I can see why you dont like it, but considering context of the story, it makes alot of sense. Enemies you are fighting are demonic legions (immunity to normal weapons up to +3) planewalkers assasins and mercenaries, small armies of fanatic followers for wanna be ascendants to godhood and they all are fighting themself aswell. Gods cant partake directly so they send their own minions, etc. You dont walk throug nine hells with +1 stick and get to tell story about it. ( exception to Elminster maybe)

 

It is comparing two extremes.You would have disliked if legions of flaming fist was at your heels and all you have to do is cast deathspell or two aaand just in case summon pitfiend to mopup the floor..pitfiend is maybe tad too much :D  (wiz perspective).

 

Personally BG1 is my all time favorit not just for how even magical world seemed 'real' but it was revolutionary game compared to what was out at the time. So that impression sticks with you long, that awsome sense of wonder. Playing BG was like having constant feeling of  'epiphany' , sort of...a true nerdgasm. After BG2 , some mystery is gone. ToB is simply endgame, not much of 'material', aka loot really matters that much, there is no point to gold now whn your character is at doorstep of ascendancy to godhood. As if 100 or lets say few hundred epic or legendary items really matters, unless you have a small army to equip :D I just think most people dont like that game was over haha. 


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It's kind of interesting, because in that respect, ToB shows how D&D itself tends to break down at around that stage. Ridiculously powerful enemies everywhere, with armies of "elite orogs" who are basically foot soldiers but levelled up to be challenge to you guys... repetitive loads of loot... some stuff you can't even use.... and tons of junk like everybody has a +2 or something weapon, again, to stay competitive as a challenge for you, lots of +5 weapons (which, I can kind of see the justification for wanting a +5 weapon of every kind), and it's like... if you had more exploration and sidequests it'd get even more ridiculous because how are all these challenges existing here?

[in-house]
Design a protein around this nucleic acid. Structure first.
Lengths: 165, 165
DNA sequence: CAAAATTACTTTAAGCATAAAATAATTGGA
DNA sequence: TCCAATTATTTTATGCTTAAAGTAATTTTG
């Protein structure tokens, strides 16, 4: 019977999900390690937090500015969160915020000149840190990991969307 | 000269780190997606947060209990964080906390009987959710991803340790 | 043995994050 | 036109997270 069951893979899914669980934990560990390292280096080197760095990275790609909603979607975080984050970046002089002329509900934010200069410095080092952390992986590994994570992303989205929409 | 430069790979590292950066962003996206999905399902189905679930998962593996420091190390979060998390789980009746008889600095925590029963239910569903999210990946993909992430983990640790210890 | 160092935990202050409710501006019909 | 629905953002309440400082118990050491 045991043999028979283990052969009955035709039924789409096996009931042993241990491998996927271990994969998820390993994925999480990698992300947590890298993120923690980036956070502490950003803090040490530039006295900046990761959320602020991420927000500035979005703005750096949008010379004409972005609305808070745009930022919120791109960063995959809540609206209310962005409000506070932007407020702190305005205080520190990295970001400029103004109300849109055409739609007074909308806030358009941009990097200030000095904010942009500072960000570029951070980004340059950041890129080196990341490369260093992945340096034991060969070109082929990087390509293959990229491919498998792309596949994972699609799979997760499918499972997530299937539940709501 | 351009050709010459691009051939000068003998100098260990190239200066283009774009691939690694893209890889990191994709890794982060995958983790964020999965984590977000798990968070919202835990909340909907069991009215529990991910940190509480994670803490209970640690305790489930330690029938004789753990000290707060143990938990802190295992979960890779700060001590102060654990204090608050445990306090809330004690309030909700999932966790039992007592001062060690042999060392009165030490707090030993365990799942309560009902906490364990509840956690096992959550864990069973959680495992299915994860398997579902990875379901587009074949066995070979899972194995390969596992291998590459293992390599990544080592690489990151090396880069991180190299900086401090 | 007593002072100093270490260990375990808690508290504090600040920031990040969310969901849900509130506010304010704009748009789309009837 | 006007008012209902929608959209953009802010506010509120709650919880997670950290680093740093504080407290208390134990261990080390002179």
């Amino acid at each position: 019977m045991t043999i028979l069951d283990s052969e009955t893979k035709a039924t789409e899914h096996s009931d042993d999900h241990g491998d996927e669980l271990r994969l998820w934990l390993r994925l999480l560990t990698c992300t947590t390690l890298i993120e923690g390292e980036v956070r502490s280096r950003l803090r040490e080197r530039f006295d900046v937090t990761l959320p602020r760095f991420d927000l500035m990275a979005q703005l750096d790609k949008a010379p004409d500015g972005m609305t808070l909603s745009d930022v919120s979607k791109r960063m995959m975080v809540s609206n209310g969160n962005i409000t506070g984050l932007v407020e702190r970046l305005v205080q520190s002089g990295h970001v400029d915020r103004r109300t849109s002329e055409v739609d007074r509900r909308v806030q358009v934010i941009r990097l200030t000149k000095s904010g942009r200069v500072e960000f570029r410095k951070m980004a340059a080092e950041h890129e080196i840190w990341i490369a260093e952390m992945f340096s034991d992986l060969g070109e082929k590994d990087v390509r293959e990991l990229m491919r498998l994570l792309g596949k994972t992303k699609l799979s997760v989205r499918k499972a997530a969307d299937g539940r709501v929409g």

Every leveling system has that problem, not just D&D

 

what if they changed it, wit competitive year/monthly events, and fame/level world events, like course something you did inside a dungeon activating something, you set in motion a world that fey like spawned new kind of monsters stronger different brilliant and brutal sinister forces ether gate in from some other dimension or .simple you just fund out about the location

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Sorry But if you talk music in IF engine Games there is only one Icewind Dale sir there is no better.

To be honest i prefered PS:T music, but i undertand where you come from. IWD is my second favorite.

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The main thing I think it needs from the BG games is the sense of being an adventurer.  BG made you feel like an adventurer, just walking the streets often led you to discovering adventures, and yet each one felt detailed and meaningful.  The Elder Scroll games had many side quests, but they often feel generic and the characters lack personality, going for quantity and sandboxiness, while JRPGs often have big stories but very undeveloped side quests if at all.  BG hit the sweet spot, I still remember the time I stumbled across a slaving ring in the Slums, just walking through the slums I came across a slave gang and after freeing the slaves was told that the local tavern was the base for the slave ring, something I could also find out by talking to the harlots there.  Or how I came across the murders going on in the bridge district with the skinchanger, the murderer I then discovered again in Trademeet.  How each dungeon felt like the centre of it's own epic quest rather than a random cave in the middle of nowhere.  This is the strength of the BG games, the sense of being an adventurer in a tabletop game.

 

That's my opinion anyway.